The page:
A deeper look at NRLC’s brief in Whole Woman’s Health v. Cole

By Dave Andrusko

Editor’s note. The Supreme Court will hear oral arguments March 2 in the lawsuit against portions of Texas’s omnibus 2013 pro-life law, HB2. We will be running posts on the challenge, as we have been, each day until then.

touchingheartsreIn that vein, I’d like to repost a story about National Right to Life’s “friend of the court” brief, filed by National Right to Life’s Counsel James Bopp, Jr. It is a terrific primer that helps the reader understand the key issues in the case of Whole Woman’s Health v. Cole.

Mr. Bopp has argued many cases not only before the U.S. Supreme Court but state supreme courts as well. His 36-page brief directs the High Court back to prior decisions with the inevitable conclusion that the justices should uphold provisions of Texas’s HB2 currently under challenge.

Parenthetically, HB 2 is best known outside the state for the filibuster that temporarily derailed the law. Pro-abortion state Senator Wendy Davis (D) catapulted her role in that filibuster to national fame, which tempted her to run what proved to be a disastrous campaign for governor in 2014.

At issue are two provisions: (1) that abortion clinics meet the same building standards as ambulatory surgical centers (ASCs); and (2) that abortionists have admitting privileges at a nearby hospital for situations of medical emergencies. The latter has already gone into effect. The linchpin of the attack on the provisions is that they place an “undue burden” on a woman’s right to abortion, a reference to language in the 1992 Casey decision.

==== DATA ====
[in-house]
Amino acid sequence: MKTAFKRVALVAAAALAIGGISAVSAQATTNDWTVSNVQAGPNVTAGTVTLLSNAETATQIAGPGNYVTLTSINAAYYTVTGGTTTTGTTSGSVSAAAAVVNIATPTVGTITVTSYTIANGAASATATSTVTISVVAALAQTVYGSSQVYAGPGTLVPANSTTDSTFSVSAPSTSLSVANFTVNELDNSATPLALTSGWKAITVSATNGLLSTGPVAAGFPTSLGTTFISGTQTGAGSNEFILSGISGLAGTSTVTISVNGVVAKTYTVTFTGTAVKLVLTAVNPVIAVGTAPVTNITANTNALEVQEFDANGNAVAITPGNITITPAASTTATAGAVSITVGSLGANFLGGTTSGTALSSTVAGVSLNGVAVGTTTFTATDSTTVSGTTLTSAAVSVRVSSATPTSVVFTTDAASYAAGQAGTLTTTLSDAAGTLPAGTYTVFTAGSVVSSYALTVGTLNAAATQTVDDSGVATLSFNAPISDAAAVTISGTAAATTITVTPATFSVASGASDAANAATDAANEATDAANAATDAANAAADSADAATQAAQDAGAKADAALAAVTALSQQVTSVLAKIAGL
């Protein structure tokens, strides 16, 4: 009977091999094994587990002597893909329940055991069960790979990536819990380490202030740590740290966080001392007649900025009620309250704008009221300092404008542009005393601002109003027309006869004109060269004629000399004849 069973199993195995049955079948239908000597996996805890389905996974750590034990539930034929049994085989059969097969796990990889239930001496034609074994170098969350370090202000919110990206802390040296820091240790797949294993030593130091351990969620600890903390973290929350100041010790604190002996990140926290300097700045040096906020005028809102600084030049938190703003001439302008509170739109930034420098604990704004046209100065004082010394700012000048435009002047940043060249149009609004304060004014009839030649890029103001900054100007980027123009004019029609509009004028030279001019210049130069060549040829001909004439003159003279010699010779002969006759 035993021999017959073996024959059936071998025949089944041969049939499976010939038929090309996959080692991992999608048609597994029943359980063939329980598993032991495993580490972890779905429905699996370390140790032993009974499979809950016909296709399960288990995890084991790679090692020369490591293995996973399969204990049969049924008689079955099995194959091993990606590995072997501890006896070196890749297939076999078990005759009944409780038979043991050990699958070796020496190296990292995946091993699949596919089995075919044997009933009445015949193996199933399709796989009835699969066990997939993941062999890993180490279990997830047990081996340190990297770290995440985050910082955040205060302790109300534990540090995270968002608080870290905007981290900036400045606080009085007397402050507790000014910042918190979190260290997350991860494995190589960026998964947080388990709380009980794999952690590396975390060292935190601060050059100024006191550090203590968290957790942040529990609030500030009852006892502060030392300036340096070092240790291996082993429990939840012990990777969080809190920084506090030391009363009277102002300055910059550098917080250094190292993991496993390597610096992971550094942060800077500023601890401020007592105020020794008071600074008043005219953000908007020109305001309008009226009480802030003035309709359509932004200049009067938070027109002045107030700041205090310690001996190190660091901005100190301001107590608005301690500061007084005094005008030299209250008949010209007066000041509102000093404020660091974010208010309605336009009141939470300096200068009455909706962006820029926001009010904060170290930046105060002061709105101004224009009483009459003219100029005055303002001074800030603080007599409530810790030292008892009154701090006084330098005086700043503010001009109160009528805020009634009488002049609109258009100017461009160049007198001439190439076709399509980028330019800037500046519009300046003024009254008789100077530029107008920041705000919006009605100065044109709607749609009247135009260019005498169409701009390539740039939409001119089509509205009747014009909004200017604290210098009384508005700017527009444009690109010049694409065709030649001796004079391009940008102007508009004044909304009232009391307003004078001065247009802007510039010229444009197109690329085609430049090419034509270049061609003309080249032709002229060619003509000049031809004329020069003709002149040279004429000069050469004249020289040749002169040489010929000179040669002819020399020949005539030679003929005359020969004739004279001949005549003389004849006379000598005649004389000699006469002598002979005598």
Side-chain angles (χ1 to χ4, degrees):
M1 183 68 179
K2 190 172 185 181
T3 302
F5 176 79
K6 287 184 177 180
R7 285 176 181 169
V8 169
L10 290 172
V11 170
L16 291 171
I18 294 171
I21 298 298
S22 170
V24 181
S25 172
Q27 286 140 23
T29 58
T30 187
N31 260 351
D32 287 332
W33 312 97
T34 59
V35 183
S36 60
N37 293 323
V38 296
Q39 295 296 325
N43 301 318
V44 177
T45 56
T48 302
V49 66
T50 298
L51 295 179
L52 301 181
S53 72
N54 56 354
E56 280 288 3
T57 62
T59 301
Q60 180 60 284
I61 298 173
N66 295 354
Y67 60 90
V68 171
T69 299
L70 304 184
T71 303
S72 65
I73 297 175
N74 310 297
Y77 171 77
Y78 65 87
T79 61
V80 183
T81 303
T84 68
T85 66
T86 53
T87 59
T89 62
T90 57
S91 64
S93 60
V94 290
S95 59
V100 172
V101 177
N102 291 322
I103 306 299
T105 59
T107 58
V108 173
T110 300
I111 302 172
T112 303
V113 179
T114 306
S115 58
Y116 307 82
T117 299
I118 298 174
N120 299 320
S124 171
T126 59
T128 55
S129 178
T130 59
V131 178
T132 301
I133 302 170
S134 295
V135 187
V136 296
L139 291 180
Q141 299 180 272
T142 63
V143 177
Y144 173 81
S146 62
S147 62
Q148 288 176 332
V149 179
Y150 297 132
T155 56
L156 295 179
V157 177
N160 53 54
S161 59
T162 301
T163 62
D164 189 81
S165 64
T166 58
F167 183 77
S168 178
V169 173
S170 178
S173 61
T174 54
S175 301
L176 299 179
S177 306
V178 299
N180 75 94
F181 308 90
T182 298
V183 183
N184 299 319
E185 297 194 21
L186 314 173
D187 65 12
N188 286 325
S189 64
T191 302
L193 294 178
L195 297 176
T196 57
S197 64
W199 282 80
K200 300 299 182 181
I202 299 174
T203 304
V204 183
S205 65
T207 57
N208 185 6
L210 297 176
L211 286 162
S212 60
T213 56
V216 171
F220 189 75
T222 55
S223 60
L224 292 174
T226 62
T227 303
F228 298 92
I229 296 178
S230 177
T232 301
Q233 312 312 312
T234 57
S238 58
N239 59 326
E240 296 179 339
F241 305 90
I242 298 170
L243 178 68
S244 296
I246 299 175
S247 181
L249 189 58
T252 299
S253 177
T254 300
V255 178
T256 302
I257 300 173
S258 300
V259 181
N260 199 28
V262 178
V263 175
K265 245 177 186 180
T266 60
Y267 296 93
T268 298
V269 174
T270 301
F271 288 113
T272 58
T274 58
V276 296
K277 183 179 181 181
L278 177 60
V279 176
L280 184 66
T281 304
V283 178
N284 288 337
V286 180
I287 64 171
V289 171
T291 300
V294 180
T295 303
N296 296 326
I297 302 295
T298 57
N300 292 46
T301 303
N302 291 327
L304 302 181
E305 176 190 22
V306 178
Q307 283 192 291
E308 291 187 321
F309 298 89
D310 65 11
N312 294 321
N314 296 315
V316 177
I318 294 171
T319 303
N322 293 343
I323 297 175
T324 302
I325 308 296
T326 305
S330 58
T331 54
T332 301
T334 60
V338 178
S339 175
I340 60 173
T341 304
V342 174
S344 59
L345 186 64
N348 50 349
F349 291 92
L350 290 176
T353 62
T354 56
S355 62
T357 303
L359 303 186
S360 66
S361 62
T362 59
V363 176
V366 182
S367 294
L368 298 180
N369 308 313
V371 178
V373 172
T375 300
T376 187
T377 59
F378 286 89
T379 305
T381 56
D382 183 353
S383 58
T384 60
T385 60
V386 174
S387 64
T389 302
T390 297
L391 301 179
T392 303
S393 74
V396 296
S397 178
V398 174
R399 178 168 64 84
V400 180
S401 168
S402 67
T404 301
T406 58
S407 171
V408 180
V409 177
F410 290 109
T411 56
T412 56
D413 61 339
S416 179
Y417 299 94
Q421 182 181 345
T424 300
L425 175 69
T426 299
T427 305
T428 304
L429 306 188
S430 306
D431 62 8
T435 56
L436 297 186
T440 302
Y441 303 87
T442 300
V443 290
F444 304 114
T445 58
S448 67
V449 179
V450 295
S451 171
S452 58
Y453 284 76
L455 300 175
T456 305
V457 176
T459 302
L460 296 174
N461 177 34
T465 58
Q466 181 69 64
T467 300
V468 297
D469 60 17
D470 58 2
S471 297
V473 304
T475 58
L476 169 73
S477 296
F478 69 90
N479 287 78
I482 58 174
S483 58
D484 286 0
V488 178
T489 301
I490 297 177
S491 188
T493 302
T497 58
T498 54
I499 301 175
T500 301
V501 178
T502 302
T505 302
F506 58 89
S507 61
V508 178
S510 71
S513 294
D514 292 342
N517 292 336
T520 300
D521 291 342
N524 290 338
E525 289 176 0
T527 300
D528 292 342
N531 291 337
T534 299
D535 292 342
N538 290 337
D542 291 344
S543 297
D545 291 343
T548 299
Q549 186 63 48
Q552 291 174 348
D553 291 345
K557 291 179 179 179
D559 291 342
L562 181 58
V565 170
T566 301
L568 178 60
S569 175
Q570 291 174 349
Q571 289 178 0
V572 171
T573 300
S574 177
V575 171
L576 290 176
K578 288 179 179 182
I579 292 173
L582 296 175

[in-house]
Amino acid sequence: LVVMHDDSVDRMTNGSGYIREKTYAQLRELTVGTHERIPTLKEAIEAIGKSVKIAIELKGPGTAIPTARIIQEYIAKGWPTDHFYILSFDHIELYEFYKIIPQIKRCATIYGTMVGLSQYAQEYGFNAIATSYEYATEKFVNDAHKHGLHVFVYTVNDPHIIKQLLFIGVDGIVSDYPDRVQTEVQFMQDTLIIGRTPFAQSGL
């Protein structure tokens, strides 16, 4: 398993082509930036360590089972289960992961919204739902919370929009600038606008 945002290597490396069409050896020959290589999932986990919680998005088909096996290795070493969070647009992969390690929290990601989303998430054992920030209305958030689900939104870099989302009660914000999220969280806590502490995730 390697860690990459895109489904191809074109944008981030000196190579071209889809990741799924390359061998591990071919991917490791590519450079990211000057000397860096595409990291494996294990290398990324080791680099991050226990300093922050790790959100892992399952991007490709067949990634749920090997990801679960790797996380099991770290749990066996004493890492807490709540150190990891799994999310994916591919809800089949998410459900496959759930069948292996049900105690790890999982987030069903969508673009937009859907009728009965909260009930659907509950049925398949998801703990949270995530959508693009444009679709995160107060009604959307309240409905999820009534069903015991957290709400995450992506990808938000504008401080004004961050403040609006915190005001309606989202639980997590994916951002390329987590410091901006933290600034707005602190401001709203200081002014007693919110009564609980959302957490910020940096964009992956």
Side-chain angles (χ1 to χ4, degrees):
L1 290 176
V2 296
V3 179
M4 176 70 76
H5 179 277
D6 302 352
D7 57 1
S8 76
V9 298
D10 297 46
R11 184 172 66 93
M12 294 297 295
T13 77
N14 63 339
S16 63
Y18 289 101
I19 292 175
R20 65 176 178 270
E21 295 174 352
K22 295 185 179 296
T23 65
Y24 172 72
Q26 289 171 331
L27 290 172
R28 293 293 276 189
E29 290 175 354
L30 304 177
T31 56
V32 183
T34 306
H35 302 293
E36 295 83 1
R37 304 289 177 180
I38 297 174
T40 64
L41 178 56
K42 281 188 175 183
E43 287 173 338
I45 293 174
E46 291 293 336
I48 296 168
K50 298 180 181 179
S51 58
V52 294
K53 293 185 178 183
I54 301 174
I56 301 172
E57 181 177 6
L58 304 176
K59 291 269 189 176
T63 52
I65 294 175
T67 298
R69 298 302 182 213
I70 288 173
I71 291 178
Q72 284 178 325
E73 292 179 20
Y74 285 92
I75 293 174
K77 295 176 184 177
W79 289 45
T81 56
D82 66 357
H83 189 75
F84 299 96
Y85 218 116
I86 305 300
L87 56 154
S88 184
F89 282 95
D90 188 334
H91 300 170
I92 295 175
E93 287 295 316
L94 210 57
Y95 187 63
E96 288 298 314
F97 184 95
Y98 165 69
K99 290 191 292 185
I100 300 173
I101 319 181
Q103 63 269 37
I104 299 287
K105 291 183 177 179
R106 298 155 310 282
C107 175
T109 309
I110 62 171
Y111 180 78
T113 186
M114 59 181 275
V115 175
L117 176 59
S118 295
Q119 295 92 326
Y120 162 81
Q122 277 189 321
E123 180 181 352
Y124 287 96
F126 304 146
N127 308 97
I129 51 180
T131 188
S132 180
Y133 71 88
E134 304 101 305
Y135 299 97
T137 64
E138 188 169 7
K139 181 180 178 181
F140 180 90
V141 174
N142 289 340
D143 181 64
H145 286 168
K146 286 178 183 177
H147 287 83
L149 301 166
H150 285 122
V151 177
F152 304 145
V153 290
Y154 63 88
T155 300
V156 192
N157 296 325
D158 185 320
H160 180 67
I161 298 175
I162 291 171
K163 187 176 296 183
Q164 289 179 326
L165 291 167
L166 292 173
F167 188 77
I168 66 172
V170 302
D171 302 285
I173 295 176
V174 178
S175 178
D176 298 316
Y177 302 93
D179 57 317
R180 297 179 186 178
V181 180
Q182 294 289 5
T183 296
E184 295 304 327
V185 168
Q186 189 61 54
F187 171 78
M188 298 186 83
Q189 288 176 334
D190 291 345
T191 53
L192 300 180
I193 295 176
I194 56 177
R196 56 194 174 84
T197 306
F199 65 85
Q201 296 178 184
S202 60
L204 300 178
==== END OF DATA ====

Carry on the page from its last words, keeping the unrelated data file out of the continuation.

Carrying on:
The summary captures the nub of the case for upholding those portions of HB2 challenged by a coalition of abortion providers, who are represented by the Center for Reproductive Rights. (Internal citations are omitted for clarity.)

After Roe v. Wade, (1973), this Court slid into a period of extreme hostility to regulation of abortion as a medical procedure, from which it began recovery in Planned Parenthood of Southeastern Pennsylvania v. Casey (1992). The Court did so by returning to an undue-burden analysis along lines advocated by Justice O’Connor in Akron v. Akron Center for Reproductive Health, (1983) (O’Connor, J., dissenting, joined by White & Rehnquist, JJ.). Petitioners seek to return this Court to what it rejected in Casey—“the country’s ex officio medical board with powers to approve or disapprove medical and operative practices and standards throughout the United States.”

The NRLC brief reminds the justices that because Justice Sandra Day O’Connor “coauthored the Casey joint opinion that largely adopted her Akron-dissent analysis, examining her Akron analysis is vital to interpreting Casey.”

The NRLC brief observes that “In Akron, she attacked the medical board approach several ways.” To name two, O’Connor “rejected the idea of this Court as ‘Platonic Guardians’ who may substitute their judgment for legislators” and noted the importance of paying “careful attention” to how state legislatures have addressed “extremely sensitive issues.” O’Connor wrote

In determining whether the State imposes an “undue burden,” we must keep in mind that when we are concerned with extremely sensitive issues, such as the one involved here, “the appropriate forum for their resolution in a democracy is the legislature. We should not forget that ‘legislatures are ultimate guardians of the liberties and welfare of the people in quite as great a degree as the courts.’” This does not mean that in determining whether a regulation imposes an “undue burden” on the Roe right that we defer to the judgments made by state legislatures. “The point is, rather, that when we face a complex problem with many hard questions and few easy answers we do well to pay careful attention to how the other branches of Government have addressed the same problem.